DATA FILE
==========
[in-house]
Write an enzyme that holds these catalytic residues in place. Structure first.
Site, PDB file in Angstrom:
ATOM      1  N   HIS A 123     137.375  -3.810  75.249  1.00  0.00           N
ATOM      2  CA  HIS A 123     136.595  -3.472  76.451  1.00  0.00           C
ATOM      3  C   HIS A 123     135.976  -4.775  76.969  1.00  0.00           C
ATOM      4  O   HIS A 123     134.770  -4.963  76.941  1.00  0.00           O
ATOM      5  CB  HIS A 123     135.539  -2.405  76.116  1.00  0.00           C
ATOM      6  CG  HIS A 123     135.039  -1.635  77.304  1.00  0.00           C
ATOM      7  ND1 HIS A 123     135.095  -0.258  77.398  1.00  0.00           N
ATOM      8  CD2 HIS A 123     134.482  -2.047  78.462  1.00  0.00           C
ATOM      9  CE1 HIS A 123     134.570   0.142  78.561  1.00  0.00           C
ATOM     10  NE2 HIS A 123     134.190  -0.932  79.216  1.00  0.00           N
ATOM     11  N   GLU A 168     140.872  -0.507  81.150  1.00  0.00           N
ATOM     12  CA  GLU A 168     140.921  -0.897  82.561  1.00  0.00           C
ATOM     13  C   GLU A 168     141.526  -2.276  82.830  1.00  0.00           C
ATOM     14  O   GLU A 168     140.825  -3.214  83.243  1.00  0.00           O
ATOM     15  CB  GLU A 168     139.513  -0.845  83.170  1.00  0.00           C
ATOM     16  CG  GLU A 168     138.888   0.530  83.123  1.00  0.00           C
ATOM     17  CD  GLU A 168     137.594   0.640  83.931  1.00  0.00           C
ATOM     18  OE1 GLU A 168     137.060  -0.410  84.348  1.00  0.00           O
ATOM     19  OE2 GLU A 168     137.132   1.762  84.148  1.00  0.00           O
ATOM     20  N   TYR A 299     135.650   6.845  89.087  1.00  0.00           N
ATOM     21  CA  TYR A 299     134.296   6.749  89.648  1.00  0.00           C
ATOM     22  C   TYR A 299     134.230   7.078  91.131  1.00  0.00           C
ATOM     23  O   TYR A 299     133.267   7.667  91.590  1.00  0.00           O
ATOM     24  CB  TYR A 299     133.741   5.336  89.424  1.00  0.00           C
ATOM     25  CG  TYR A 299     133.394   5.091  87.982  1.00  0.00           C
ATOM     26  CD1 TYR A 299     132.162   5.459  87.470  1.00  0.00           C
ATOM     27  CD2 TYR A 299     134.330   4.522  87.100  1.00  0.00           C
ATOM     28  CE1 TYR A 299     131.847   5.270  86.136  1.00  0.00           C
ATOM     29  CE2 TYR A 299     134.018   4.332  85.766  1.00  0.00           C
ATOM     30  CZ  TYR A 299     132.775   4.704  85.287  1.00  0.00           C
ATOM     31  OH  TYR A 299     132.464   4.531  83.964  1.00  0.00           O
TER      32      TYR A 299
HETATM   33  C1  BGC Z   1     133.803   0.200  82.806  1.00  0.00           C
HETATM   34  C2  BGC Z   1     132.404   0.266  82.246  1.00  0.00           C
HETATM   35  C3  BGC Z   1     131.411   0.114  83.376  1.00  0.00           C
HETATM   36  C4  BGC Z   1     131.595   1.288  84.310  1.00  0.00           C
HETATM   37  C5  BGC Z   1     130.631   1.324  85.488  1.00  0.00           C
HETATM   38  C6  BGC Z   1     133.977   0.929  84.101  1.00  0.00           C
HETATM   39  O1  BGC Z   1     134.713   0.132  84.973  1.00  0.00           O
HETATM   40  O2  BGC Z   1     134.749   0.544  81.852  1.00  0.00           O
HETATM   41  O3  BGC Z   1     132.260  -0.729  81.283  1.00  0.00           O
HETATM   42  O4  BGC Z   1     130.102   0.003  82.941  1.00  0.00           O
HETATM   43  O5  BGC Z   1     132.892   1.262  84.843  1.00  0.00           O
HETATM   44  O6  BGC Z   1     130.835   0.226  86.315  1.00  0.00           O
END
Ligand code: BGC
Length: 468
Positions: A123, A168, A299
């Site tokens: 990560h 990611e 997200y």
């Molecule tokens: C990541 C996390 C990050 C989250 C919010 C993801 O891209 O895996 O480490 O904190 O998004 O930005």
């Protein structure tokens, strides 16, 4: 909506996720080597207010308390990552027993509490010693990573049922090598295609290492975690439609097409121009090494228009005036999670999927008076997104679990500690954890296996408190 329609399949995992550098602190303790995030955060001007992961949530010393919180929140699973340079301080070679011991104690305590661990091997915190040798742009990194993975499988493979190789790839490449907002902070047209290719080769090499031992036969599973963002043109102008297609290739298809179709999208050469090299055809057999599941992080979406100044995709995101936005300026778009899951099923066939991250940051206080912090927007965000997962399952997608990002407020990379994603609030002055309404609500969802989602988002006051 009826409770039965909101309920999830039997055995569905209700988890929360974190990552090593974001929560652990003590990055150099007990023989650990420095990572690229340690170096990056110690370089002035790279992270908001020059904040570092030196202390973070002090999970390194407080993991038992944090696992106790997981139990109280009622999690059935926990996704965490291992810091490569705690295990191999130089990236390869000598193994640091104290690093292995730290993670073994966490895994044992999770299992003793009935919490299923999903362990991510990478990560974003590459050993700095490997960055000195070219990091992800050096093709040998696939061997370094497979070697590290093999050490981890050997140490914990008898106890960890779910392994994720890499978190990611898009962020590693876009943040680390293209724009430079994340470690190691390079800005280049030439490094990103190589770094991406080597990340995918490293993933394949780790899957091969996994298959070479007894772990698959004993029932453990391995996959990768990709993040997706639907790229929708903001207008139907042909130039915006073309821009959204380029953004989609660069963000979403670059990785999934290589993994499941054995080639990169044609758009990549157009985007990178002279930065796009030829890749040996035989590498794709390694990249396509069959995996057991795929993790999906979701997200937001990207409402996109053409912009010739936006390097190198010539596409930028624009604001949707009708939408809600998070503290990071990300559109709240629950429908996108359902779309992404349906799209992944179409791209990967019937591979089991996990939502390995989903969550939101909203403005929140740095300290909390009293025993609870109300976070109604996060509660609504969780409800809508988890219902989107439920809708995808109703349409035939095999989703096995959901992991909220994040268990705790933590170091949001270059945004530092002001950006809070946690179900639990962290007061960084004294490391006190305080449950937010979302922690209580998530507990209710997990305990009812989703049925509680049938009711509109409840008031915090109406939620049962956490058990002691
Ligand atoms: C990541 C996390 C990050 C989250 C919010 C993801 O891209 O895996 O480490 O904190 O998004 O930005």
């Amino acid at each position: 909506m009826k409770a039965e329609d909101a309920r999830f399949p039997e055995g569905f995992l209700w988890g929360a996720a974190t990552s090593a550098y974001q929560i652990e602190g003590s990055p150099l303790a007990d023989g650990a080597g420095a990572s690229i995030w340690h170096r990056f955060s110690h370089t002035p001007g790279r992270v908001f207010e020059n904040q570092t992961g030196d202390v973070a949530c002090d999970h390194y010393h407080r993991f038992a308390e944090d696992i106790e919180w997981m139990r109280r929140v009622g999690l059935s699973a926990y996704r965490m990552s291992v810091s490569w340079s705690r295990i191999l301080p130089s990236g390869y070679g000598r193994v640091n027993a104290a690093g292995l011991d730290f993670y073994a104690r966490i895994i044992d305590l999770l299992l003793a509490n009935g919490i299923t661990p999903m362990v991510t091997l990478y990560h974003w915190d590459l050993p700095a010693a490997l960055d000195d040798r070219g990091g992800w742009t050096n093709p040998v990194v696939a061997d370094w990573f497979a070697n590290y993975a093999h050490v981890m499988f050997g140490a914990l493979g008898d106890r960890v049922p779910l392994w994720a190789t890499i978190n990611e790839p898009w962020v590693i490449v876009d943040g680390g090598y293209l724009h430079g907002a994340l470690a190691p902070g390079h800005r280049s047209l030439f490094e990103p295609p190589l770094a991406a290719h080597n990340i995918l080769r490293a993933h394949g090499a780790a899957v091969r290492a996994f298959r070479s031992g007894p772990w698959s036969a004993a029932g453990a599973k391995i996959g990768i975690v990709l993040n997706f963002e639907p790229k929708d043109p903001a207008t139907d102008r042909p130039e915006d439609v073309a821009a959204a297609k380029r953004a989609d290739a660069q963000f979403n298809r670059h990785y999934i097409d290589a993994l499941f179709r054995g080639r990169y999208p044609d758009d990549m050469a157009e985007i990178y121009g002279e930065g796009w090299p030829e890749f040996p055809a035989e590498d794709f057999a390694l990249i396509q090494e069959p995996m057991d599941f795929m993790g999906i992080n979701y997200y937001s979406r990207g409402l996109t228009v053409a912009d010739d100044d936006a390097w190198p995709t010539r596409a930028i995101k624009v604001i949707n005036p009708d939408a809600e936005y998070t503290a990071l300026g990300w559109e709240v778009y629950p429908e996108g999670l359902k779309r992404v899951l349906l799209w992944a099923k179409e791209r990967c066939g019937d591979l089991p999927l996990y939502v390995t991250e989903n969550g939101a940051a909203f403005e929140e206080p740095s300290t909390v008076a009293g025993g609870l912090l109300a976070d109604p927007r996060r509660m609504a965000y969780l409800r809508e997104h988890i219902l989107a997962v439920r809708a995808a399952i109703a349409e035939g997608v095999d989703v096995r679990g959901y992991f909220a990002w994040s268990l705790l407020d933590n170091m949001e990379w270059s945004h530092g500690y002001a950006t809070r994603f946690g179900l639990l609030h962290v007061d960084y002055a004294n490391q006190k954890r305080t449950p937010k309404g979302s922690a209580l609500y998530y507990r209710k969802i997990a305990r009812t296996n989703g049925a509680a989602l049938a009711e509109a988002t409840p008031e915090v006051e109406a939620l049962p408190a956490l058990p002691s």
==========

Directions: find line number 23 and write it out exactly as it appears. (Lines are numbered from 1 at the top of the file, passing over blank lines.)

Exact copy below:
ATOM     20  N   TYR A 299     135.650   6.845  89.087  1.00  0.00           N